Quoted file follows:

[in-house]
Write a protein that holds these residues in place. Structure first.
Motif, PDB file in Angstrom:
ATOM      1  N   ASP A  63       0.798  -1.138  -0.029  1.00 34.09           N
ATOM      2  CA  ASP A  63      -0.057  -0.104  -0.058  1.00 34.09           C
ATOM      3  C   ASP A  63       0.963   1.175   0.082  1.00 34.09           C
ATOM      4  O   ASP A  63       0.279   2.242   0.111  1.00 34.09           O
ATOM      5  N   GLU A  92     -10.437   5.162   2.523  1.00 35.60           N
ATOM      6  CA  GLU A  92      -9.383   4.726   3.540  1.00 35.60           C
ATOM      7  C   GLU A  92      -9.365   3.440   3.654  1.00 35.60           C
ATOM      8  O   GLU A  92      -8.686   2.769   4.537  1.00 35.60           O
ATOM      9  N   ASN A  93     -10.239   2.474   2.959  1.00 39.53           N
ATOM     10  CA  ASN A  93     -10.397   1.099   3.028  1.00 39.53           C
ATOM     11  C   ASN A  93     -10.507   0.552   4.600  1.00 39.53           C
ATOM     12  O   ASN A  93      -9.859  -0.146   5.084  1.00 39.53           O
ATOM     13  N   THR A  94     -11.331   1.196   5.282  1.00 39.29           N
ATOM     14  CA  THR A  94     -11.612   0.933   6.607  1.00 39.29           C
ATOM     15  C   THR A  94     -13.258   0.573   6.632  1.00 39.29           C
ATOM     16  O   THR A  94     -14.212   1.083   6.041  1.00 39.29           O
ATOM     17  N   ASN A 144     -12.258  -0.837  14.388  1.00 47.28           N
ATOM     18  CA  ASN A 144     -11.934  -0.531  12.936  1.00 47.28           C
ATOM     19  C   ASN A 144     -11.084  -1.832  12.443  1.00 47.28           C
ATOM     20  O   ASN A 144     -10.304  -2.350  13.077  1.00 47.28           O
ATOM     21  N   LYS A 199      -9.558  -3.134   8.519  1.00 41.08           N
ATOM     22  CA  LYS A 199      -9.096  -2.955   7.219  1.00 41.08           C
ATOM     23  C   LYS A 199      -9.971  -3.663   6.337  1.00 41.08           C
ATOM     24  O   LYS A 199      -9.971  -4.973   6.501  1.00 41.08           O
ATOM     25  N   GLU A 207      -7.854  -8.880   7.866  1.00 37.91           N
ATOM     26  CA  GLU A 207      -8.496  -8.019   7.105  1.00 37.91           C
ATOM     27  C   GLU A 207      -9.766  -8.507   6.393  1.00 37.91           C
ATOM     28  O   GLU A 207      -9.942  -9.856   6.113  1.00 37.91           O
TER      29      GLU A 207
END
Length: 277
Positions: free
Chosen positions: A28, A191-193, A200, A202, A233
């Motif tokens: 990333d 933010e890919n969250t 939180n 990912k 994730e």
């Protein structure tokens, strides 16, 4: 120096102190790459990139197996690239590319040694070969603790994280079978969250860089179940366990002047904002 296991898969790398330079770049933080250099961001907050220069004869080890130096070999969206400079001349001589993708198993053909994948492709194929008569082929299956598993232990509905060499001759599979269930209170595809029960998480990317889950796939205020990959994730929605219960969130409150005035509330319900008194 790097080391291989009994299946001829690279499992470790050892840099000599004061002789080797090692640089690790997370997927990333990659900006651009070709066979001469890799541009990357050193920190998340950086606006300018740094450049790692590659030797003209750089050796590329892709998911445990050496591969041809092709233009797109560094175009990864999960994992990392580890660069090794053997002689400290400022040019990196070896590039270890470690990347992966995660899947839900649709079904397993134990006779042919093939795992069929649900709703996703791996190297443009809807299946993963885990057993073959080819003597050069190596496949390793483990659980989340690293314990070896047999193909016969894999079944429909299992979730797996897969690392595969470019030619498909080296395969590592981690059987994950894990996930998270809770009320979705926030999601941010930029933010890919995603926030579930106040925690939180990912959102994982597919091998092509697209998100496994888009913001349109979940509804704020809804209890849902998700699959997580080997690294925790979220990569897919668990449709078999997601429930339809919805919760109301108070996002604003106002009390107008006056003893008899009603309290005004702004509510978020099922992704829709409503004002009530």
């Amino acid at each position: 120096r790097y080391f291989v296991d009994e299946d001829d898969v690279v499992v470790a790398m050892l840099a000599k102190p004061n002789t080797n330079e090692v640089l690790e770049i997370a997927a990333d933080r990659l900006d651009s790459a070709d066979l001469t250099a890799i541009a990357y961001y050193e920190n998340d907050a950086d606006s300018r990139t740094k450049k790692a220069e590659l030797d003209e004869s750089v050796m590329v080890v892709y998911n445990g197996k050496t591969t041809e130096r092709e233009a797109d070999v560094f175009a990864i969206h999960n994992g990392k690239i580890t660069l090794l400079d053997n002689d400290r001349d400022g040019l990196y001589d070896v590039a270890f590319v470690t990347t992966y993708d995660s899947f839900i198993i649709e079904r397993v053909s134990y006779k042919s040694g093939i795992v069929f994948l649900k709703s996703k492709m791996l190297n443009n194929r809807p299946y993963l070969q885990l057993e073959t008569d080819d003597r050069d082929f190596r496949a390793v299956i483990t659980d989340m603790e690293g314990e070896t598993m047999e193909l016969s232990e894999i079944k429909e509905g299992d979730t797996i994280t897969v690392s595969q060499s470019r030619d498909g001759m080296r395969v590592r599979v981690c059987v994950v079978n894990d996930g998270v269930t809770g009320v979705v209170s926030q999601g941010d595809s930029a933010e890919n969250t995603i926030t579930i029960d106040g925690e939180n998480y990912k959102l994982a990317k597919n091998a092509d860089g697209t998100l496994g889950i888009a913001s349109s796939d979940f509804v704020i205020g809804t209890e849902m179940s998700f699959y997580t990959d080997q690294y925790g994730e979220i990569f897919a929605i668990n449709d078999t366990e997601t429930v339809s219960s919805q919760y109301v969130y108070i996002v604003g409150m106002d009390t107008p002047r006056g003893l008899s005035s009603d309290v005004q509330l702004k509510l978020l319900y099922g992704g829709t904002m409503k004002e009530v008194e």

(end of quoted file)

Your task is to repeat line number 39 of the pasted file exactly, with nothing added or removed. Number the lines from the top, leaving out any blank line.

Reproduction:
């Amino acid at each position: 120096r790097y080391f291989v296991d009994e299946d001829d898969v690279v499992v470790a790398m050892l840099a000599k102190p004061n002789t080797n330079e090692v640089l690790e770049i997370a997927a990333d933080r990659l900006d651009s790459a070709d066979l001469t250099a890799i541009a990357y961001y050193e920190n998340d907050a950086d606006s300018r990139t740094k450049k790692a220069e590659l030797d003209e004869s750089v050796m590329v080890v892709y998911n445990g197996k050496t591969t041809e130096r092709e233009a797109d070999v560094f175009a990864i969206h999960n994992g990392k690239i580890t660069l090794l400079d053997n002689d400290r001349d400022g040019l990196y001589d070896v590039a270890f590319v470690t990347t992966y993708d995660s899947f839900i198993i649709e079904r397993v053909s134990y006779k042919s040694g093939i795992v069929f994948l649900k709703s996703k492709m791996l190297n443009n194929r809807p299946y993963l070969q885990l057993e073959t008569d080819d003597r050069d082929f190596r496949a390793v299956i483990t659980d989340m603790e690293g314990e070896t598993m047999e193909l016969s232990e894999i079944k429909e509905g299992d979730t797996i994280t897969v690392s595969q060499s470019r030619d498909g001759m080296r395969v590592r599979v981690c059987v994950v079978n894990d996930g998270v269930t809770g009320v979705v209170s926030q999601g941010d595809s930029a933010e890919n969250t995603i926030t579930i029960d106040g925690e939180n998480y990912k959102l994982a990317k597919n091998a092509d860089g697209t998100l496994g889950i888009a913001s349109s796939d979940f509804v704020i205020g809804t209890e849902m179940s998700f699959y997580t990959d080997q690294y925790g994730e979220i990569f897919a929605i668990n449709d078999t366990e997601t429930v339809s219960s919805q919760y109301v969130y108070i996002v604003g409150m106002d009390t107008p002047r006056g003893l008899s005035s009603d309290v005004q509330l702004k509510l978020l319900y099922g992704g829709t904002m409503k004002e009530v008194e």